This paper investigates whether a lender’s nationality and issuing currency of loans matter for the gross domestic product (GDP) growth volatility of 153 loan-receiving countries from seven major lending countries including Italian and Spanish banks in 1981-2011. The results suggest that foreign banks’ local currency credit appears to dampen a host country’s GDP growth volatility which is used to indicate economic stability (or instability). The nationality of lenders does not appear to have a significant impact on the GDP growth volatility of borrowers. Instead, the currency of loans, including switches to the Euro, is probably more important than the nationality of lenders. Specifically, the finding of the study suggests that deleveraging in Euro credit leads to a rise in a host country’s GDP growth volatility in Euro zone. Results from the contagion effect in lending and economic stability provide insights about the potential impacts of the current European Financial Crisis on the global financial markets through international credit channel.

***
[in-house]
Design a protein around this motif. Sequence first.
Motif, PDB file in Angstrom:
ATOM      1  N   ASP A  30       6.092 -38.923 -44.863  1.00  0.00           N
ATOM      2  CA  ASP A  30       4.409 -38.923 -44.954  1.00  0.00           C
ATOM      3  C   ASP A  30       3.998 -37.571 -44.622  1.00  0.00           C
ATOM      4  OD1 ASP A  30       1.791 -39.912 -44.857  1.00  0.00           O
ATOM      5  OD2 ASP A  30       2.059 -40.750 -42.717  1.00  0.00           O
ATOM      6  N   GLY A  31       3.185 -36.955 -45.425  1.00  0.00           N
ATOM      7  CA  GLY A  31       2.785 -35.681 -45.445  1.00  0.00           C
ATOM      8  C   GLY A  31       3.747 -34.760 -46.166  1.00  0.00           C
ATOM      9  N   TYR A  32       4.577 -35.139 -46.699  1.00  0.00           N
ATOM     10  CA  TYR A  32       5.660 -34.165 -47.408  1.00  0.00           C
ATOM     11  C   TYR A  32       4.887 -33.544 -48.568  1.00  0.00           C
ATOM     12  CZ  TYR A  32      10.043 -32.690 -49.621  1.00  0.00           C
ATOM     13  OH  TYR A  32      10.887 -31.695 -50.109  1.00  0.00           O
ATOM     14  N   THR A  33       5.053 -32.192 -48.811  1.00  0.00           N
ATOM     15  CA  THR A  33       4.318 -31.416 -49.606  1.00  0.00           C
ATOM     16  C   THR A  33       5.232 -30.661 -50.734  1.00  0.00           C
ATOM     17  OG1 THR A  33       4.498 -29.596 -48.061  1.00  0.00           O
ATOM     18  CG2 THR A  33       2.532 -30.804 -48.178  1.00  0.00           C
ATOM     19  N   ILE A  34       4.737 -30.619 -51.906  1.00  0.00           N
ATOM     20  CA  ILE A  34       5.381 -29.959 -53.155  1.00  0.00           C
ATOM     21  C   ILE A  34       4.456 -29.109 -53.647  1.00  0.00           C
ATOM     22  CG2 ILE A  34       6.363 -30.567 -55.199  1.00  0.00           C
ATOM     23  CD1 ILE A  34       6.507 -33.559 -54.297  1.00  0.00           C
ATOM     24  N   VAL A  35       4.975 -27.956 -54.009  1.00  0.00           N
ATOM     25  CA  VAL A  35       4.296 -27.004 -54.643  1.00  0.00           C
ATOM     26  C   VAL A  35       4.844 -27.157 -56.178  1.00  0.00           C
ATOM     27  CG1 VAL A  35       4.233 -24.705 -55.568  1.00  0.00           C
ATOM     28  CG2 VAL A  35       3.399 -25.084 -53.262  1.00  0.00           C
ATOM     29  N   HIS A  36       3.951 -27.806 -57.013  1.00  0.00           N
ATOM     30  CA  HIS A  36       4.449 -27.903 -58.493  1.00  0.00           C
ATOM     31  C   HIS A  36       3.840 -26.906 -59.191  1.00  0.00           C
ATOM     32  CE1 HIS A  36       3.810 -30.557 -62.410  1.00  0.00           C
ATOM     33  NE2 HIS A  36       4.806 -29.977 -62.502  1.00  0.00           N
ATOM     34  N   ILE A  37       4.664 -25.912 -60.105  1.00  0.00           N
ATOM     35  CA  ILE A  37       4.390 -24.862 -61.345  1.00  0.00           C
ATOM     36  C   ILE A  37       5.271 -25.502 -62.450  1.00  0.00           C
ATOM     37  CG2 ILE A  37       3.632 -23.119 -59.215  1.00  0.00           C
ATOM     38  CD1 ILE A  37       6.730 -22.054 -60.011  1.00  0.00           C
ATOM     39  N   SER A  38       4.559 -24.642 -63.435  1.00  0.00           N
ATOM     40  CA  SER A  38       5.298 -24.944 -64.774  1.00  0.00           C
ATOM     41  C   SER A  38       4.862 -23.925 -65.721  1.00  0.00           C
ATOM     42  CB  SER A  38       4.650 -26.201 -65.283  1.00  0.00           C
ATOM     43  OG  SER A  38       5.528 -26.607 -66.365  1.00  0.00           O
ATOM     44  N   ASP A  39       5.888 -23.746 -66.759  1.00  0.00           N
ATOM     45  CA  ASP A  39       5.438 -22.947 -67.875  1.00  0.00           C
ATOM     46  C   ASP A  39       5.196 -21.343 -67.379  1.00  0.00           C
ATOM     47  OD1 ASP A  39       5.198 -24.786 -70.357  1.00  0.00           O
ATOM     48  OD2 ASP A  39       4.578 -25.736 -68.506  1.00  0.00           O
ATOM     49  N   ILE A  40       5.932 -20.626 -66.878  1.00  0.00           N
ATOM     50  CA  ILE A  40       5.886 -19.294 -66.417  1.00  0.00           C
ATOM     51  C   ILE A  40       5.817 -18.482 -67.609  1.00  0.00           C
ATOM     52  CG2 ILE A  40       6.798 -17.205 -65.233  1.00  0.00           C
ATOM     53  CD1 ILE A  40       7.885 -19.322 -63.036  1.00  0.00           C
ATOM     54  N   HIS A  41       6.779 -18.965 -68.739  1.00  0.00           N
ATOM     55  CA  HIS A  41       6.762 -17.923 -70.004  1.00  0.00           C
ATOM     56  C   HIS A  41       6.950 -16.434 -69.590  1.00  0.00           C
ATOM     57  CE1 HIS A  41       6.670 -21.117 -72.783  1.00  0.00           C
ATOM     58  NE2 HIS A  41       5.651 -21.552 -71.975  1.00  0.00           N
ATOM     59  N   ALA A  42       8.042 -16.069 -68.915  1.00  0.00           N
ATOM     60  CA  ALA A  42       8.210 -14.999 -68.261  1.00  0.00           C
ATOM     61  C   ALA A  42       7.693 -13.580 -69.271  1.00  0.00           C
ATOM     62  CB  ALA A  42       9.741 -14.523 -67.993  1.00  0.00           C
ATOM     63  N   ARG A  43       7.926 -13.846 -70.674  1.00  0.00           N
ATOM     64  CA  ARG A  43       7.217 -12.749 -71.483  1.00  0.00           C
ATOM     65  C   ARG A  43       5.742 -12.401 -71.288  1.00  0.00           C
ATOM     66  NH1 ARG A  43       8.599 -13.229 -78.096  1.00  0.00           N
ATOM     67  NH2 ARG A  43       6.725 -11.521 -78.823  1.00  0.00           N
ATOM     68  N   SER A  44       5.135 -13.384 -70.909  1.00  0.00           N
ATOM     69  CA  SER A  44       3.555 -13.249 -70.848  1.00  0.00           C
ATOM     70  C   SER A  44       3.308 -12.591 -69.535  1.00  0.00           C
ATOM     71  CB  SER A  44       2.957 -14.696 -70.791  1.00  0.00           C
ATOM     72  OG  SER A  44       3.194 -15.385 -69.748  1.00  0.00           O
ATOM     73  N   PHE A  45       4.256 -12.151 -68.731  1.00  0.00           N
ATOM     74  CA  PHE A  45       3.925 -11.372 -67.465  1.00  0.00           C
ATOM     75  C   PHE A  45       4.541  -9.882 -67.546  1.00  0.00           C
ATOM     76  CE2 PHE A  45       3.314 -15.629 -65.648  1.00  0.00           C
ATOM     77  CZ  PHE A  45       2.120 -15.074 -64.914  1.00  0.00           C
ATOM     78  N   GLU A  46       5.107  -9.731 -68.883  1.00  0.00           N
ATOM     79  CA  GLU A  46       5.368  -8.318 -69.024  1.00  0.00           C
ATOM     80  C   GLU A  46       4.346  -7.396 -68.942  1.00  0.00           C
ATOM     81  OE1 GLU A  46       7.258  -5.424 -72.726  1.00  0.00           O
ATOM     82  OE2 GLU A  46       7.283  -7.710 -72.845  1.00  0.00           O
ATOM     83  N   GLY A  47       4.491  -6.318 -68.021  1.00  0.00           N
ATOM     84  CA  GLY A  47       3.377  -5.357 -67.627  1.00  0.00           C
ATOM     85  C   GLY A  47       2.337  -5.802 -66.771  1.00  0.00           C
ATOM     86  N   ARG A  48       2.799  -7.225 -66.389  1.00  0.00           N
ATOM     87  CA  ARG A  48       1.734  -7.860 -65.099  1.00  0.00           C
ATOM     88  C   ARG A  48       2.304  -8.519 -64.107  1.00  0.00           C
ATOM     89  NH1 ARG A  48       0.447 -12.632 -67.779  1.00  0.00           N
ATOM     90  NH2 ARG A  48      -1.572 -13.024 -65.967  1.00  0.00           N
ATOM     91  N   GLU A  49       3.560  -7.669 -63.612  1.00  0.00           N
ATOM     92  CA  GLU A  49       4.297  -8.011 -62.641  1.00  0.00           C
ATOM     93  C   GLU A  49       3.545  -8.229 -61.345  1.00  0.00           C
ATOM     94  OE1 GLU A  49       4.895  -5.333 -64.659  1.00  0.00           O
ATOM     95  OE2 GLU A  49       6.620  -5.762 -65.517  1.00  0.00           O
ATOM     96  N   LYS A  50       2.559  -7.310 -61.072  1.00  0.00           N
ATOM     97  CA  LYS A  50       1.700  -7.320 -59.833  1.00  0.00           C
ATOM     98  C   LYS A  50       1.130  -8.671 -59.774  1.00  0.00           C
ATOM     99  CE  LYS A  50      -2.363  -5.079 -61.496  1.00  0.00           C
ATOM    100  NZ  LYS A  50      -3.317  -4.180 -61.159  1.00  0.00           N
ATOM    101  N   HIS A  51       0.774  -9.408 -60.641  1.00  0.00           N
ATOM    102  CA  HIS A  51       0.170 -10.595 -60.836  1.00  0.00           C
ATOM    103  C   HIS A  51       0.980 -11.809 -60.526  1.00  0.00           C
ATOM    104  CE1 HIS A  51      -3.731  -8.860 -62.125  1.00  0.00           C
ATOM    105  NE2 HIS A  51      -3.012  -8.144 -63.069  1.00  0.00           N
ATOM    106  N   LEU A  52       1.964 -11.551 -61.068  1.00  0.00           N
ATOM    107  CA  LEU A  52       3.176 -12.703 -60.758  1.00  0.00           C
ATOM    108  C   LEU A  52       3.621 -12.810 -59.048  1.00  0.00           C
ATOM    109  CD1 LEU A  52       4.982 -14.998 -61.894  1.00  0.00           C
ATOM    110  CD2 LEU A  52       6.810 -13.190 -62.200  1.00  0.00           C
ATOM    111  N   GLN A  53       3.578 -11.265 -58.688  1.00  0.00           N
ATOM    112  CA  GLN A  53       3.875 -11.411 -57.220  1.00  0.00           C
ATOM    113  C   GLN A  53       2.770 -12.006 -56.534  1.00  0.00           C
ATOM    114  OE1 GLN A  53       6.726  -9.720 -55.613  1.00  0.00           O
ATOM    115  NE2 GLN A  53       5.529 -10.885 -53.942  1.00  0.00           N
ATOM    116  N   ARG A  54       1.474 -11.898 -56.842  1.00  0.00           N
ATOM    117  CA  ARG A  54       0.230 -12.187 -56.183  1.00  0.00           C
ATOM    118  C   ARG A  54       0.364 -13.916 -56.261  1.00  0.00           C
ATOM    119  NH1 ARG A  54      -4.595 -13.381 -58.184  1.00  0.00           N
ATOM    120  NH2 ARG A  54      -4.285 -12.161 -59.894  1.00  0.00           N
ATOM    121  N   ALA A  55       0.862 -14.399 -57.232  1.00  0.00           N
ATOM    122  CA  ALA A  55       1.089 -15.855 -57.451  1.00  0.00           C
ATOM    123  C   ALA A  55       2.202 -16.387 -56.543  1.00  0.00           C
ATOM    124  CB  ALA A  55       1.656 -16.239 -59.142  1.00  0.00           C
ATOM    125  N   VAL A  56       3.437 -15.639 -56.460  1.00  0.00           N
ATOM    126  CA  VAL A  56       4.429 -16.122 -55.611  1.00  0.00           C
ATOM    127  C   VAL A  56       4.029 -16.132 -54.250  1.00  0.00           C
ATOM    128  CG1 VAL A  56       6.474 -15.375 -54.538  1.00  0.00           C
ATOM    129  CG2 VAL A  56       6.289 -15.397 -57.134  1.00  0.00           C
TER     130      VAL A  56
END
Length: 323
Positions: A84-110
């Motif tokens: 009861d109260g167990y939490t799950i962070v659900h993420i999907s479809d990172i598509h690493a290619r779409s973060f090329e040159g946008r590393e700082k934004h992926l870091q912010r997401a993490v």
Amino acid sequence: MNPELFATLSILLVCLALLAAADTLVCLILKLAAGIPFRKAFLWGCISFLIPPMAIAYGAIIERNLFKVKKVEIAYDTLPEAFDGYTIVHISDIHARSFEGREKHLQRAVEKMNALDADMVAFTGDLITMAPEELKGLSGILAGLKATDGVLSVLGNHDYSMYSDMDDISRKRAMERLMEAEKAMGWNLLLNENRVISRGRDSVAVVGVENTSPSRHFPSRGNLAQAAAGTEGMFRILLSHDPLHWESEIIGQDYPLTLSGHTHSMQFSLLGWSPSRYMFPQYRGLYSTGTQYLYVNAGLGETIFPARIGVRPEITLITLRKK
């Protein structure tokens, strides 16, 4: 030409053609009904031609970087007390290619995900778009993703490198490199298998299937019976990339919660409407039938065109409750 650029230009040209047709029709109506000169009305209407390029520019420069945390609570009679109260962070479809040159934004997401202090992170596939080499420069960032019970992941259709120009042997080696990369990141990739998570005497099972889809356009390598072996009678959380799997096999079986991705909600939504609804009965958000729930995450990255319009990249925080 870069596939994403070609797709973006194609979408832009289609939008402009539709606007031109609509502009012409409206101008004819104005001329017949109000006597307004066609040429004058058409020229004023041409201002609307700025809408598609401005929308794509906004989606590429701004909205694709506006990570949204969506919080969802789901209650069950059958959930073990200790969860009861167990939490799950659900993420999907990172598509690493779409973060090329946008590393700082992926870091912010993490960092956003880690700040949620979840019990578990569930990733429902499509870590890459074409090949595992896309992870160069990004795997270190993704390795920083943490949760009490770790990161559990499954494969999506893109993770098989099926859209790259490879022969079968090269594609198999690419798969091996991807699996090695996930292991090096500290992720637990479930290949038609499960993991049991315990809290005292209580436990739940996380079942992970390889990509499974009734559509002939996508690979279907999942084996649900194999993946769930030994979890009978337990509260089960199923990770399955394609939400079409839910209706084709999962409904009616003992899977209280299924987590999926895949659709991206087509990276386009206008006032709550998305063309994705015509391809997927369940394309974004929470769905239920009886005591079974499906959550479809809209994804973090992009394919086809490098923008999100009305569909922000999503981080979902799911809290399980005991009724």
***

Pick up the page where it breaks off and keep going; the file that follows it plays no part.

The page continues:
|Publication status||Published - 26 Apr 2013|
|Event||International Conference on the Global Financial Crisis: European Financial Markets and Institutions - Chilworth Manor, Southamption, United Kingdom|
Duration: 25 Apr 2013 → 26 Apr 2013
|Conference||International Conference on the Global Financial Crisis|
|Period||25/04/13 → 26/04/13|
MASUJIMA, Y., & POON, W. P. H. (2013). The Contagion Effect in Lending and Economic Stability: A Study of the European Sovereign-Debt Crisis and its Global Impact. International Conference on the Global Financial Crisis, Southamption, United Kingdom.